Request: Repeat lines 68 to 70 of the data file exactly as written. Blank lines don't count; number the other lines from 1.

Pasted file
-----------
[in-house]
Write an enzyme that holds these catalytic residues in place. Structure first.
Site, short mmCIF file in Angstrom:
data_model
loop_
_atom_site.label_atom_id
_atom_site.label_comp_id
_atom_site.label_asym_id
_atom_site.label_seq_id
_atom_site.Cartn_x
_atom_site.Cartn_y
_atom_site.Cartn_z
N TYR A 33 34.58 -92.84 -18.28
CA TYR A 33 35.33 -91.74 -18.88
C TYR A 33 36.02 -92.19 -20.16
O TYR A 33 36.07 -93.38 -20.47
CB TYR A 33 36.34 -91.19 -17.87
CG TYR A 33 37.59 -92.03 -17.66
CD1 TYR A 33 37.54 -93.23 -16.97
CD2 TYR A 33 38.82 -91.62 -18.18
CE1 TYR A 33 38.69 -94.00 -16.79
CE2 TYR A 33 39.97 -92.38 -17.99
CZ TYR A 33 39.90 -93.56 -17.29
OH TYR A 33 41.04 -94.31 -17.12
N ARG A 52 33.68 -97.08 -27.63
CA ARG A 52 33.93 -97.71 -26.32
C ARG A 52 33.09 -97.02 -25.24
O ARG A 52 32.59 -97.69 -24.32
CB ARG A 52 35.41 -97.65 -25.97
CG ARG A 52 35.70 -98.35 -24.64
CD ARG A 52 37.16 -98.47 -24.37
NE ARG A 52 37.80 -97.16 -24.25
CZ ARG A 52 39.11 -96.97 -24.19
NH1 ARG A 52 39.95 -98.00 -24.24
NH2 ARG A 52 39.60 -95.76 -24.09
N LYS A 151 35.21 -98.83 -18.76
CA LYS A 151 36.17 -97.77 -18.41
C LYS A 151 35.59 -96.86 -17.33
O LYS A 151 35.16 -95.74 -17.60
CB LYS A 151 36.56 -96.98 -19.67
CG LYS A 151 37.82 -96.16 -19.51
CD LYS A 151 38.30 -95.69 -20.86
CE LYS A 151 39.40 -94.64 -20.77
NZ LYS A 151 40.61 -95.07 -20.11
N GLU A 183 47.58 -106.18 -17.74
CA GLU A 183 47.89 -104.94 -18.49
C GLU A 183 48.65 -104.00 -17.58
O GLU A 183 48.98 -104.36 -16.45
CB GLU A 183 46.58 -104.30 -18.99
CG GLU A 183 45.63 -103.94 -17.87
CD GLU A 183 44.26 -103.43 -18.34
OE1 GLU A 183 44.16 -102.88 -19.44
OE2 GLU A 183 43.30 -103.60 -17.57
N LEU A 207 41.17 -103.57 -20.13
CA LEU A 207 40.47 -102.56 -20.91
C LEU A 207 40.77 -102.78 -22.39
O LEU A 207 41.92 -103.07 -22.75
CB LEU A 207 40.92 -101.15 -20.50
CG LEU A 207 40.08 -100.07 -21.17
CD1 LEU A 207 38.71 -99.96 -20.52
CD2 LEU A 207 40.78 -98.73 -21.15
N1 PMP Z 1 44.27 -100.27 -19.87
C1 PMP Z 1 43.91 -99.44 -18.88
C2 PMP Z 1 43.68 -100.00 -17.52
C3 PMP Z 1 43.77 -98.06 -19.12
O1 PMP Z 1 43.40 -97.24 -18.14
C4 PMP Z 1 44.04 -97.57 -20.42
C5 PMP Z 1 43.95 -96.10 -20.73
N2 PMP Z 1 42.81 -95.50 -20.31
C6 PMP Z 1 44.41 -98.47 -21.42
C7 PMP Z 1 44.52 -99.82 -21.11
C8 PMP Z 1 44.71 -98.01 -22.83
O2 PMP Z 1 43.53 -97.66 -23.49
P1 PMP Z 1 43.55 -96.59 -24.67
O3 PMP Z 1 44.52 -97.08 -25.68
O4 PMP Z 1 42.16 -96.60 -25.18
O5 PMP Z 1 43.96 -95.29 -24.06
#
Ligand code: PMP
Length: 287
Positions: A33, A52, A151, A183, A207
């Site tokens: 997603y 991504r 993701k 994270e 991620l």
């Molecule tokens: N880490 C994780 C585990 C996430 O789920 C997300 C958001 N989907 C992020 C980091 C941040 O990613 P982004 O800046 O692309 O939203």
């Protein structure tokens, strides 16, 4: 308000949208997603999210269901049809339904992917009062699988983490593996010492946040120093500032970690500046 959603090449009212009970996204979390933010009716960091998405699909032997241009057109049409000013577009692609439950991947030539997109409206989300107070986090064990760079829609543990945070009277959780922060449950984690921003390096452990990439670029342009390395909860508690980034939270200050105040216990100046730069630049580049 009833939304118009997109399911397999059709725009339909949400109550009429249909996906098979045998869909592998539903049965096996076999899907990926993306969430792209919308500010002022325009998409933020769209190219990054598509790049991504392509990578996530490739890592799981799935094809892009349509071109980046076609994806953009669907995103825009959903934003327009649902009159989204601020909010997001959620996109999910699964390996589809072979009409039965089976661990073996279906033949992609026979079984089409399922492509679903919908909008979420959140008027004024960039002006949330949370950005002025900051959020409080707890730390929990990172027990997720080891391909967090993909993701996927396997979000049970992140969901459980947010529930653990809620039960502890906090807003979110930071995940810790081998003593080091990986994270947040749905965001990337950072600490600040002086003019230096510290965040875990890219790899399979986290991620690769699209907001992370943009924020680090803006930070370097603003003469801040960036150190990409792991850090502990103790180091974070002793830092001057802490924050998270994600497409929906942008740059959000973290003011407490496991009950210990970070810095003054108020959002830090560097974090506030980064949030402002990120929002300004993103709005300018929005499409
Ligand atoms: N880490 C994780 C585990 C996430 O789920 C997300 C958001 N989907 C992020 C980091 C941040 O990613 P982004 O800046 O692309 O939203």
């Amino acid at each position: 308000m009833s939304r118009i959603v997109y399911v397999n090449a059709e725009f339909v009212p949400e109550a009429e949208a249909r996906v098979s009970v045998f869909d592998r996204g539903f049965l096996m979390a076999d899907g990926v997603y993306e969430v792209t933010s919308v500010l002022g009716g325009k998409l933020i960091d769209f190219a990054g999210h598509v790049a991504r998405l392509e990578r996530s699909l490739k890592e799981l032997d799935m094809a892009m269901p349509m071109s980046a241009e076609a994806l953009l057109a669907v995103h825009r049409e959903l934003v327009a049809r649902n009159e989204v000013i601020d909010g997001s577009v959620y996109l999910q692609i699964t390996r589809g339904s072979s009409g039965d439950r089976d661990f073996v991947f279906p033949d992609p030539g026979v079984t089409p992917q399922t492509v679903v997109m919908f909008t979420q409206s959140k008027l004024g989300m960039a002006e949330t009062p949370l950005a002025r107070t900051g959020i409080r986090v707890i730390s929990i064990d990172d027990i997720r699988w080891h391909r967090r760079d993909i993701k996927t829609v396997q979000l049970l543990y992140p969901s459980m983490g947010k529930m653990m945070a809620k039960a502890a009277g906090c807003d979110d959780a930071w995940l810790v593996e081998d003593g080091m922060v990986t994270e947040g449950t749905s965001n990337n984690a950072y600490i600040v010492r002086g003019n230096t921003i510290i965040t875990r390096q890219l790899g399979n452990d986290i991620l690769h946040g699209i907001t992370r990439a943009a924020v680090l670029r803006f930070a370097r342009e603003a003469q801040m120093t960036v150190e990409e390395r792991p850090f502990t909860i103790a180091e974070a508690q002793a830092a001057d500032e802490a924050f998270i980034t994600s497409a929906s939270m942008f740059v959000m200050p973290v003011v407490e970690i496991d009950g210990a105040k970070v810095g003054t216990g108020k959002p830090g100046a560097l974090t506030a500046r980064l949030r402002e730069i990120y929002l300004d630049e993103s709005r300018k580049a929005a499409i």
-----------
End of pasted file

C5 PMP Z 1 43.95 -96.10 -20.73
N2 PMP Z 1 42.81 -95.50 -20.31
C6 PMP Z 1 44.41 -98.47 -21.42